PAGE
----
Matthew Vines, an introduction

by Matt Slick

Matthew Vines is a young homosexual who, on March 8, 2012, spoke at College Hill United Methodist Church in Kansas in defense of biblical support for homosexuality.  He taught from scripture in a church.  His Youtube video of the event has, as of June 2012, received over 500,000 views.  On his website at is a complete transcript of that speech (9,876 words or about 21, 8.5" x 11" pages).  I emailed Mr. Vines asking for permission to reprint it and interject comments into it for an article here on CARM.  As far as I know, I received no reply.  Therefore, I've written articles in response to his arguments where I have quoted him and addressed his basic assertions.

Please understand I have no ill will towards Mr. Vines.  I am sure he's a nice guy.  I am not homophobic--nor a bigot.  I just disagree with homosexuality as an acceptable lifestyle. As a Christian, I believe that homosexuality is a sin.  Therefore, my prayer is that Mr. Vines comes to find Christ in the biblical way, enjoys true repentance, and that he is freed from his homosexuality.  My concern is not about him as a person (except, as with all people, that he finds repentance in Christ).  Instead, it is about how he has approached the Bible and, to the best of my knowledge, how he has mistakenly interpreted it.

I've quoted him with indented quotes, so you can easily see what he says.  Please check the context by going to his website.  I do not want to misrepresent Mr. Vines in any way.  If you think I have, please contact me at, so I can reassess any particular points.  Furthermore, I have no problem with his expressing his opinions.  I have a problem with his using emotional rather than rational arguments and misrepresenting Scripture in the process.  My attempt here is not to bring ridicule upon him.  I am simply responding to his video. 

Matthew Vines Sets the Stage

Mr. Vines says, " . . . everyone has a sexual orientation--and it isn’t just about sex. Straight people are never really forced to think about their sexual orientation as a distinctive characteristic, but it’s still a part of them, and it affects an enormous amount of their lives. What sexual orientation is for straight people is their capacity for romantic love and self-giving. It’s not just about sexual attraction and behavior. It’s because we have a sexual orientation that we’re able to fall in love with someone."

This is, of course, a setup aimed at providing a platform for his later arguments.  I must ask, what gives him the right to define what sexual orientation is for heterosexuals, and why does he say it is merely the "capacity for romantic love and self-giving"?  He is entitled to his opinion, but that is all it is:  his opinion.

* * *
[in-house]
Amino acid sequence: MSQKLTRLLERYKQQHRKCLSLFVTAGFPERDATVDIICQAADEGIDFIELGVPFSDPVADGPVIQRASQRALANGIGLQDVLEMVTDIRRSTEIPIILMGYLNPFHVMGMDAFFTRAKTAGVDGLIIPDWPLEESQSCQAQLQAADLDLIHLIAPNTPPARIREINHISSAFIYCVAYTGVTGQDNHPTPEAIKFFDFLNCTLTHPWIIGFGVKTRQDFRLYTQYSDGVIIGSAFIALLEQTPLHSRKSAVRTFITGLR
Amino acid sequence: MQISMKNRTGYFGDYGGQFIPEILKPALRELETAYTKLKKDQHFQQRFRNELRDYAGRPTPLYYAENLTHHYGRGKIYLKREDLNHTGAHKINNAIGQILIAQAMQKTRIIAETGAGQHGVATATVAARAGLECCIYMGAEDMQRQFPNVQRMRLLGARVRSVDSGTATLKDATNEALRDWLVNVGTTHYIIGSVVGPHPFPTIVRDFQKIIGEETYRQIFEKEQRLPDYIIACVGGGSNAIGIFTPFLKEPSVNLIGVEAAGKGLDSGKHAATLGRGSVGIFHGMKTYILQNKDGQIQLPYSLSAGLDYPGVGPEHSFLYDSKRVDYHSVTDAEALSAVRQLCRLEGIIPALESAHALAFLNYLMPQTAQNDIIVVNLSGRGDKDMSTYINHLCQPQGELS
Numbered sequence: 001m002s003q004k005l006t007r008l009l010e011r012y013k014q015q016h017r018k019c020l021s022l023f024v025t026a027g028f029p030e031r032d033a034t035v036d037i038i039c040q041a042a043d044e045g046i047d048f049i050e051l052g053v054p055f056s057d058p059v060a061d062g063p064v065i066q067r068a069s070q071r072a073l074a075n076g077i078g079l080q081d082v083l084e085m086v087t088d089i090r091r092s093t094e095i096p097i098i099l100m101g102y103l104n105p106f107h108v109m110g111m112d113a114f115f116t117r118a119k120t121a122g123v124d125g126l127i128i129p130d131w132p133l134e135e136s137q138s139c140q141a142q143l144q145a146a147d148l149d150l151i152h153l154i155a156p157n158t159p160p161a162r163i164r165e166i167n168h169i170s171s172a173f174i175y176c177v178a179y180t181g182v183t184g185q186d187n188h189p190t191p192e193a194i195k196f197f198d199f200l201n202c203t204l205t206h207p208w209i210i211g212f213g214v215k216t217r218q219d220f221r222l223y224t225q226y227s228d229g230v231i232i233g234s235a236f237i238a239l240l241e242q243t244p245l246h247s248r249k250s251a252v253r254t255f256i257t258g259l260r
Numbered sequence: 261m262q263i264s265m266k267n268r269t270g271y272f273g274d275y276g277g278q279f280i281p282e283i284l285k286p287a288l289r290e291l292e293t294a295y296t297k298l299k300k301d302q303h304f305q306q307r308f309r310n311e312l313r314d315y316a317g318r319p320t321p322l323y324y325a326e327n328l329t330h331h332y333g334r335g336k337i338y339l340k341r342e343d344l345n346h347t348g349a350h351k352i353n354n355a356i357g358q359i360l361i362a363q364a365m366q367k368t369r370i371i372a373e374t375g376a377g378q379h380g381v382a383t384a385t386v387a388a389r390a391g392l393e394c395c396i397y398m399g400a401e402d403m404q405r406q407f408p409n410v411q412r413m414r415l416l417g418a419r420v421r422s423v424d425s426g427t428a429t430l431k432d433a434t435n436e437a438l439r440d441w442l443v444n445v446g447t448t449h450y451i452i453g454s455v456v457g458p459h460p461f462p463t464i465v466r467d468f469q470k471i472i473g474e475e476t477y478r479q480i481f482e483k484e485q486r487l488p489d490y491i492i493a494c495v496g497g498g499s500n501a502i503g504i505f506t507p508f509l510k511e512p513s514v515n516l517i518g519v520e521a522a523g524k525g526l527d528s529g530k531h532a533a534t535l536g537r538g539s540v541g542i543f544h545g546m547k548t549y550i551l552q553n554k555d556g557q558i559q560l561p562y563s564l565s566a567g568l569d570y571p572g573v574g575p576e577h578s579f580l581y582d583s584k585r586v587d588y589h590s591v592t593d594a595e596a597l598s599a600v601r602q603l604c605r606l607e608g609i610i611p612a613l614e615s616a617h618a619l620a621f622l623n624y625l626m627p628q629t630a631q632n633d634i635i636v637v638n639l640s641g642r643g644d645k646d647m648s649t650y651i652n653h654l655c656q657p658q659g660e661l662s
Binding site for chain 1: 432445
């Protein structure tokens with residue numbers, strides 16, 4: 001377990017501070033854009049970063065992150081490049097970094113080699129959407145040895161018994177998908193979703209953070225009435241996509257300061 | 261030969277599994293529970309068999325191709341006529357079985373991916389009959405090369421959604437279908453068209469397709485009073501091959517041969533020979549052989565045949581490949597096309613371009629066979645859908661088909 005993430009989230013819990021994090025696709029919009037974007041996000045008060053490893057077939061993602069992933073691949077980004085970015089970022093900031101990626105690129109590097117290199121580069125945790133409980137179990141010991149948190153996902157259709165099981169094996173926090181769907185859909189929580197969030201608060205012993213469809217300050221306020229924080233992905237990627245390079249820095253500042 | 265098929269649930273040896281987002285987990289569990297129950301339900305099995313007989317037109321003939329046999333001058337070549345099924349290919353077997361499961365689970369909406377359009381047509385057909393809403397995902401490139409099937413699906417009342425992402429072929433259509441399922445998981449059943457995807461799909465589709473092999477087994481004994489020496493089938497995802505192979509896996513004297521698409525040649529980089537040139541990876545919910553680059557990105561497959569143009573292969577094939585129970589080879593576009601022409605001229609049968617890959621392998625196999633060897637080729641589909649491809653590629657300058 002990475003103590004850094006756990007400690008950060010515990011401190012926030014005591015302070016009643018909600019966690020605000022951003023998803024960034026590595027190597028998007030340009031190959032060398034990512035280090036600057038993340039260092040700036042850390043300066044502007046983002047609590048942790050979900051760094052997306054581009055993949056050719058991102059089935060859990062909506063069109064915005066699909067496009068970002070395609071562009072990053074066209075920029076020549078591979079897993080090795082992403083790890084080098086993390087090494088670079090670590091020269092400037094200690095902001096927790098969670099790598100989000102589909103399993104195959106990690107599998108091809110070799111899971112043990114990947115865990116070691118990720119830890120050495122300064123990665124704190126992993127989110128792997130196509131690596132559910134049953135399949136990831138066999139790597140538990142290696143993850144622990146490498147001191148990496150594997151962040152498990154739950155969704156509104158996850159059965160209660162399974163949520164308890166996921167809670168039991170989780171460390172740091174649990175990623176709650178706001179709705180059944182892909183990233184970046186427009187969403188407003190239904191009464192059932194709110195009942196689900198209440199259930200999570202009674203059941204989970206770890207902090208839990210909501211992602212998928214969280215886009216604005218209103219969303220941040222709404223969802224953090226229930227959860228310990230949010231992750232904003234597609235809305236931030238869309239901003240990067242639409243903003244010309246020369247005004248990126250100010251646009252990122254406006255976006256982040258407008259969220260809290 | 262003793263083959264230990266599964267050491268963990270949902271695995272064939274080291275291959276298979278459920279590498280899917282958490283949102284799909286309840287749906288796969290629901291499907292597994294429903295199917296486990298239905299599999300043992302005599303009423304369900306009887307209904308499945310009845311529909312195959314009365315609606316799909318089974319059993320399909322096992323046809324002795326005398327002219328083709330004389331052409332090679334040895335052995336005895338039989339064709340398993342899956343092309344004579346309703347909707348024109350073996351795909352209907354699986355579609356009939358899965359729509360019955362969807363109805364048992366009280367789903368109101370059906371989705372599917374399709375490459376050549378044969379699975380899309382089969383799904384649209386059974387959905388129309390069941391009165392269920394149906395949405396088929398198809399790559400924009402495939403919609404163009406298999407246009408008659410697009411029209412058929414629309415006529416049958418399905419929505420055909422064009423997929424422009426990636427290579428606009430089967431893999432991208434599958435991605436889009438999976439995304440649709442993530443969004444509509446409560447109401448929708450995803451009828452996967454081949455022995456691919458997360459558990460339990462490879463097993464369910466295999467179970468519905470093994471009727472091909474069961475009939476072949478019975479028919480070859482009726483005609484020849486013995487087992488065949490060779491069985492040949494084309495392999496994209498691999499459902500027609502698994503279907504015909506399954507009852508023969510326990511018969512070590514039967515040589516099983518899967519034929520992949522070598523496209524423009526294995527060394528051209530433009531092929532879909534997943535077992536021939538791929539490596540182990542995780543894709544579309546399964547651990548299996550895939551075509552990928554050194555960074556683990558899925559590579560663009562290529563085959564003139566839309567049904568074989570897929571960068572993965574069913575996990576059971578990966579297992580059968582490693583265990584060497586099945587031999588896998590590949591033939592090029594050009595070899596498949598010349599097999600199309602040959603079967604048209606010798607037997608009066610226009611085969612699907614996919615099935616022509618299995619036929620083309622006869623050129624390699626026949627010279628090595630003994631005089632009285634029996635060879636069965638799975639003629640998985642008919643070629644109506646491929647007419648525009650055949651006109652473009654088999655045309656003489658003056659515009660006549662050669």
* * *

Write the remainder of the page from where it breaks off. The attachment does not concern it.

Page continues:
Mr. Vines says, "I am gay. I didn't choose to be gay."

Whether or not someone is born gay (CARM does not concede that homosexuals are born that way), it is still a weak excuse for a sinful behavior.1 People don't choose to be selfish. They are born that way as is evidenced by the fact that it is a universal practice of people of all ages.  Does that make it okay?  Of course not.  People are born with the propensity to lie.  Does being born that way make it okay?  Again, of course not.  Matthew Vines' implication is that homosexuals who are "born that way" have no real choice in the matter, and that it should be okay to pursue their orientation.  However, this is a dangerous philosophy.  What do we do with people who say they are born with various propensities such as lying, coveting, selfishness, lust, pedophilia, etc.?  Do we allow them to act in a manner consistent with their "orientation"?  If not, why does "homosexual orientation" get a pass?

Mr. Vines says, "I may well find someone I grow to love and would like to spend the rest of my life with. But if that were to happen, following the traditional interpretation, if I were to fall in love with someone, and if those feelings were reciprocated, my only choice would be to walk away, to break my heart, and retreat into isolation, alone. And this wouldn't be just a one-time heartbreak. It would continue throughout my entire life."

Mr. Vines offers an emotional argument.  He appeals to subjective feelings.  This is weak and is designed to elicit an emotional response--not a rational one.  What do we do with someone who is in love with a person he's not married to, and his feelings are reciprocated by the other person in another marriage?  Should we then encourage both parties to pursue their emotional involvement lest they suffer heartache?  Or, are there greater responsibilities to the fidelity of marriage and the family unit?  Is marriage just based on who we "love"?  Emotional appeals should not govern moral responsibility, and his criteria about the freedom to have reciprocated love as a means of judging emotional/physical liaisons is simply a bad one because it is not cogent.



See Also

  • 1. When we say homosexuality is a sinful behavior we want the reader to know that we not attempting to speak in a derogatory manner, but a factual one.  Biblically, homosexuality is a sinful behavior, contrary to the design and will of God.

About The Author

Matt Slick is the President and Founder of the Christian Apologetics and Research Ministry.